Do you want the perfect jerk chicken experience?

Below are some essential items that you should use to cook the perfect jerk chicken.

Smoker ovens

Get the smokey flavour in your jerk chicken.

Jerk chicken recipe books

Learn from others that have perfected the jerk chicken cooking technique.

Bbq turning tongs

Make sure your food is well cooked by turning the meat properly with turning tongs.

BBQ gloves

Keep save with BBQ gloves, which will allow you to cook the meat properly.

BBQ Woods and Charcoal.

Vary the smokey flavour by using different BBQ woods and charcoal.

Meat thermometer

Check the temperature of your meats while cooking.

BBQ sets

Get a complete BBQ set so that you are prepared to BBQ the best jerk chicken.

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Jerk Chicken Facts

Is Jamaican jerk chicken supposed to be dry?

No. If it is dry, it hasn’t been cooked correctly.

Jamaican jerk chicken is supposed to be flavoursome and full of juices that’s so succulent it melts in your mouth.

If it is cooked very well, the meat should fall off the bone.

How do you avoid having the jerk chicken meat go dry?

Slow cook the meat.

Cook with good quality meat.

Turn the meat regularly if cooking it on a barbecue.

Wrap the meat if cooking it in the oven.

Cook with a lid if simmering in a pan.

Do you want the perfect jerk chicken experience?

Below are some essential items that you should use to cook the perfect jerk chicken.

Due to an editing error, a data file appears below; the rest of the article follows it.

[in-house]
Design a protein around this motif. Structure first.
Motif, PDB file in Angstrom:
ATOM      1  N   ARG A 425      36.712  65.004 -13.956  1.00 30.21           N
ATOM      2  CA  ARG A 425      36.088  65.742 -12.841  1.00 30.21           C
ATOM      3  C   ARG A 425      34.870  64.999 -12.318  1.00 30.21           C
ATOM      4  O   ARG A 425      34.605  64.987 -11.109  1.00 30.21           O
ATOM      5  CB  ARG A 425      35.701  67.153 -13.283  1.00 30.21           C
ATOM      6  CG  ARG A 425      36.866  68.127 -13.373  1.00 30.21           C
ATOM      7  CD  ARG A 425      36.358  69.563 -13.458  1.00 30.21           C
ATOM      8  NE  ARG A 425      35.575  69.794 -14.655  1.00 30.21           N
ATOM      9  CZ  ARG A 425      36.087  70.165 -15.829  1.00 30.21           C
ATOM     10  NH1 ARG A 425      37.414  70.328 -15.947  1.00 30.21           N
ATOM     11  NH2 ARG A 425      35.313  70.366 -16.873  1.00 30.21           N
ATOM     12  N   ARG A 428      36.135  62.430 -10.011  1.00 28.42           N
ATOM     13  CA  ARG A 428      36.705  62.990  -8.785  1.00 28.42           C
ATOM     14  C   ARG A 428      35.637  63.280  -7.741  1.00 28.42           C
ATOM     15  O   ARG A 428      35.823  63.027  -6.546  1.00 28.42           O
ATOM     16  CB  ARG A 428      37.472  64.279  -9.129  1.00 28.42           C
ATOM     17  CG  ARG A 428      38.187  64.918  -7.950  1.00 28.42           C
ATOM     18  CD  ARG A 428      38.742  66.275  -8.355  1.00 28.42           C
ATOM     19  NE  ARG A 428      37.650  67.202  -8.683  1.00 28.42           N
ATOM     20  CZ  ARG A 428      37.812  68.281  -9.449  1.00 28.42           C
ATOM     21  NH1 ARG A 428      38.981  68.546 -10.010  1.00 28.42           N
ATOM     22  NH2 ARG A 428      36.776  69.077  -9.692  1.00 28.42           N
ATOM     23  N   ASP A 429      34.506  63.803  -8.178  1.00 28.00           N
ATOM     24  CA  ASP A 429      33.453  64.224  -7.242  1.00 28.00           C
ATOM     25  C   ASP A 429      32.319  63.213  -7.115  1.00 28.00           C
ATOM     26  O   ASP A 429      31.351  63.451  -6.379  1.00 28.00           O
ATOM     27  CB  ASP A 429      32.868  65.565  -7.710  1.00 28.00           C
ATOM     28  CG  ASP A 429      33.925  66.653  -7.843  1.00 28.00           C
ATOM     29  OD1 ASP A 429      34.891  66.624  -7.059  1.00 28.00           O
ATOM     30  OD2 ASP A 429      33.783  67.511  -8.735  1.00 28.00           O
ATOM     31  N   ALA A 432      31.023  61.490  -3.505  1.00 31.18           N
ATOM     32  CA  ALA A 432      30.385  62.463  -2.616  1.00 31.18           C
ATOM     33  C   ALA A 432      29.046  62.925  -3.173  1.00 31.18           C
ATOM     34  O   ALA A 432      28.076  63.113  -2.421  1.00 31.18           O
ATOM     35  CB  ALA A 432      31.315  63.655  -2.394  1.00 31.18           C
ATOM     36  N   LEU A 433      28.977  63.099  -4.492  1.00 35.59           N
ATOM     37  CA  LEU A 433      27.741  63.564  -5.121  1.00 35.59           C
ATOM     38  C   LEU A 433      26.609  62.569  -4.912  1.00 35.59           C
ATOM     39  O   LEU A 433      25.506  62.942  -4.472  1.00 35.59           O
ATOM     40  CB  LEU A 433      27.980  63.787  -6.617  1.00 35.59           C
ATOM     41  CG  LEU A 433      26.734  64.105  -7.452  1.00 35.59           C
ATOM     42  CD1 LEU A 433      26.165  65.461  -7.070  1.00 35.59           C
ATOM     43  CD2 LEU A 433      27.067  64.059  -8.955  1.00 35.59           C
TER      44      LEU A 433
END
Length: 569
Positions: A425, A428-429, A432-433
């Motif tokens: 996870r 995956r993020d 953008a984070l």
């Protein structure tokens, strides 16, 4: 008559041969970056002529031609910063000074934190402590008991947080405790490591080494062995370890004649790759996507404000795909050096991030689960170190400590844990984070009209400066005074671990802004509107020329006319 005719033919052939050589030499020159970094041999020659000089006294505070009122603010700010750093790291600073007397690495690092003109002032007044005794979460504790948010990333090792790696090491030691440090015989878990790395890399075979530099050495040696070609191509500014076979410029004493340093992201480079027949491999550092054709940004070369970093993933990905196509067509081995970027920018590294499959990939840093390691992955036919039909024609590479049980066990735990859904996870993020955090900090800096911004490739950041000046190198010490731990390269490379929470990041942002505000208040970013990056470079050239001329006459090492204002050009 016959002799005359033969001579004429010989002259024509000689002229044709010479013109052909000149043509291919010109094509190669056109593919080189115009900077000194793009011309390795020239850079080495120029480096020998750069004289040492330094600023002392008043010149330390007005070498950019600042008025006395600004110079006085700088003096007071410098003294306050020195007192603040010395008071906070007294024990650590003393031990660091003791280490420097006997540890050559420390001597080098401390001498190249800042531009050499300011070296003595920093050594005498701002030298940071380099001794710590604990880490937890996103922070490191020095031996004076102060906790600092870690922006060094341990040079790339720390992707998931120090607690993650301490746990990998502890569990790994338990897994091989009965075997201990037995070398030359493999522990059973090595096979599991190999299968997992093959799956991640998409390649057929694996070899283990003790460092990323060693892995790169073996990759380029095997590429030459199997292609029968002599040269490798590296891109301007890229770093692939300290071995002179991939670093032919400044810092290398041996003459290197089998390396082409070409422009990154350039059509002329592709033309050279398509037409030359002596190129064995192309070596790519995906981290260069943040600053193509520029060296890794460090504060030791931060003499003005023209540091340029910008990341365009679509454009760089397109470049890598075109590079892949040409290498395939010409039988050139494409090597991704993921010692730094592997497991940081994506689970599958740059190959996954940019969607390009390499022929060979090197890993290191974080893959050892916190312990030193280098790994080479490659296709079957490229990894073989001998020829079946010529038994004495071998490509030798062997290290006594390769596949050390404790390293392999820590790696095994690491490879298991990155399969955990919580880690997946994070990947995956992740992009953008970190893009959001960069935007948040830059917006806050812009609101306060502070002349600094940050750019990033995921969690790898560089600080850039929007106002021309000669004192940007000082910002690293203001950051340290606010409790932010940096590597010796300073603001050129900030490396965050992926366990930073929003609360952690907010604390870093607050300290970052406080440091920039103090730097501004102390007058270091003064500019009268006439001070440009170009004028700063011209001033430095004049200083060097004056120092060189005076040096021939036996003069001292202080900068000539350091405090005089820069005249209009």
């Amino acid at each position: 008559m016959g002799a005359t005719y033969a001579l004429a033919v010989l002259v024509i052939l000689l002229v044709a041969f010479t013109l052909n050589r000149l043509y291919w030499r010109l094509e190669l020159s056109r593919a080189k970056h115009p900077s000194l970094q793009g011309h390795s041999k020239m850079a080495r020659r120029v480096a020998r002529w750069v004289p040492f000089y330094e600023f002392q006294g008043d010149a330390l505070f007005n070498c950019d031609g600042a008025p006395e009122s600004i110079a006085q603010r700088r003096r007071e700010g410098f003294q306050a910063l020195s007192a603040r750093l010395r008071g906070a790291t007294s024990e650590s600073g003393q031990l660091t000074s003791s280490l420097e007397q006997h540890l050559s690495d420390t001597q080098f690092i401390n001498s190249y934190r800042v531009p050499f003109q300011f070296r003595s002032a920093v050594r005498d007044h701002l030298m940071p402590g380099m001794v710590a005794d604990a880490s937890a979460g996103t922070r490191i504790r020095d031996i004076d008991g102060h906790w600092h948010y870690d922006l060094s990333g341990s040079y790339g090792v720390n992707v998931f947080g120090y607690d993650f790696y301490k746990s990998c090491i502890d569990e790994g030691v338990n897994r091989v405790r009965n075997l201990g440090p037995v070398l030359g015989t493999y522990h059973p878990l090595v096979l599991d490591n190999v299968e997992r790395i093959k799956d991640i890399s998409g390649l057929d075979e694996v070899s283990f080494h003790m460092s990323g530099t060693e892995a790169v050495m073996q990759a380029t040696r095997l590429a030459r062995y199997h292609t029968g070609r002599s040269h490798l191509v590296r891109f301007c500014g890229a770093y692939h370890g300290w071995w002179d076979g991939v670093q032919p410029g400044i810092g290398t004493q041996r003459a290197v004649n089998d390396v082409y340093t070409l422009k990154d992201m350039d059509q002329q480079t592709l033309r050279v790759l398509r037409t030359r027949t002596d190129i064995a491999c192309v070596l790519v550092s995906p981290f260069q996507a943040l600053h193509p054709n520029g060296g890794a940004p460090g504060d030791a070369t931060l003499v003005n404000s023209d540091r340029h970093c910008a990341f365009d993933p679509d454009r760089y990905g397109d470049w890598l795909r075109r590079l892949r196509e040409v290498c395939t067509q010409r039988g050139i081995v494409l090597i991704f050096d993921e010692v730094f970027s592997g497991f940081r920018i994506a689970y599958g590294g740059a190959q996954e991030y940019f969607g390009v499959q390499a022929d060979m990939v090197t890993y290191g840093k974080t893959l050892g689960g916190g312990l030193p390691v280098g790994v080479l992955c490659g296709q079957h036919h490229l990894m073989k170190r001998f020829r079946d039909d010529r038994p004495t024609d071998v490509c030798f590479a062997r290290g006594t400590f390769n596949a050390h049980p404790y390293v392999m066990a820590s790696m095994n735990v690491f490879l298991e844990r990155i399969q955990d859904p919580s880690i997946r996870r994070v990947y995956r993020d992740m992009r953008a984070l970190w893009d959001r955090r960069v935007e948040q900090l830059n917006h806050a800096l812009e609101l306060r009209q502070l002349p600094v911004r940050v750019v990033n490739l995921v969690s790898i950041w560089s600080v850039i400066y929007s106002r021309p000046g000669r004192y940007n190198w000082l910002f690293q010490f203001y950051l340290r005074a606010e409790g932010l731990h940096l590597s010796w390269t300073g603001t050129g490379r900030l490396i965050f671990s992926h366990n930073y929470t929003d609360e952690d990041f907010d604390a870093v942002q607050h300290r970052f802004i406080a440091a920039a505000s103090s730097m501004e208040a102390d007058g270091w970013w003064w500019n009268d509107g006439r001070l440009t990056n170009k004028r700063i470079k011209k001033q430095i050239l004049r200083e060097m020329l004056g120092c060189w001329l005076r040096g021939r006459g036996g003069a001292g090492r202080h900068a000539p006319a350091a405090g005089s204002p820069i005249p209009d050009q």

Smoker ovens

Get the smokey flavour in your jerk chicken.

Jerk chicken recipe books

Learn from others that have perfected the jerk chicken cooking technique.

Bbq turning tongs

Make sure your food is well cooked by turning the meat properly with turning tongs.

BBQ gloves

Keep save with BBQ gloves, which will allow you to cook the meat properly.

BBQ Woods and Charcoal.

Vary the smokey flavour by using different BBQ woods and charcoal.

Meat thermometer

Check the temperature of your meats while cooking.

BBQ sets

Get a complete BBQ set so that you are prepared to BBQ the best jerk chicken.

Categories
Jerk Chicken Facts

What does jerk chicken taste like?

The first thing that should come to mind when you are eating jerk chicken is flavour.

The different flavours should be swirling around your mouth and your taste buds. Depending on how the jerk chicken is cooked, you should taste the following flavours.

  • Saltiness
  • Hint of sweetness
  • Peppers and spice
  • A hot sensation (not a taste, but a tasting experience)
  • A mixture of vegetable flavours
  • Chicken flavour (from the actual chicken)

If you have barbecued jerk chicken, you should have the smoky flavour as well.

Do you want the perfect jerk chicken experience?

Below are some essential items that you should use to cook the perfect jerk chicken.

Smoker ovens

Get the smokey flavour in your jerk chicken.

Jerk chicken recipe books

Learn from others that have perfected the jerk chicken cooking technique.

Bbq turning tongs

Make sure your food is well cooked by turning the meat properly with turning tongs.

BBQ gloves

Keep save with BBQ gloves, which will allow you to cook the meat properly.

BBQ Woods and Charcoal.

Vary the smokey flavour by using different BBQ woods and charcoal.

Meat thermometer

Check the temperature of your meats while cooking.

BBQ sets

Get a complete BBQ set so that you are prepared to BBQ the best jerk chicken.

Categories
Jerk Chicken Facts

Is jerk chicken high in cholesterol.

According to the data from Nutrition Data on Self.com, Jerk chicken is known to have high cholesterol.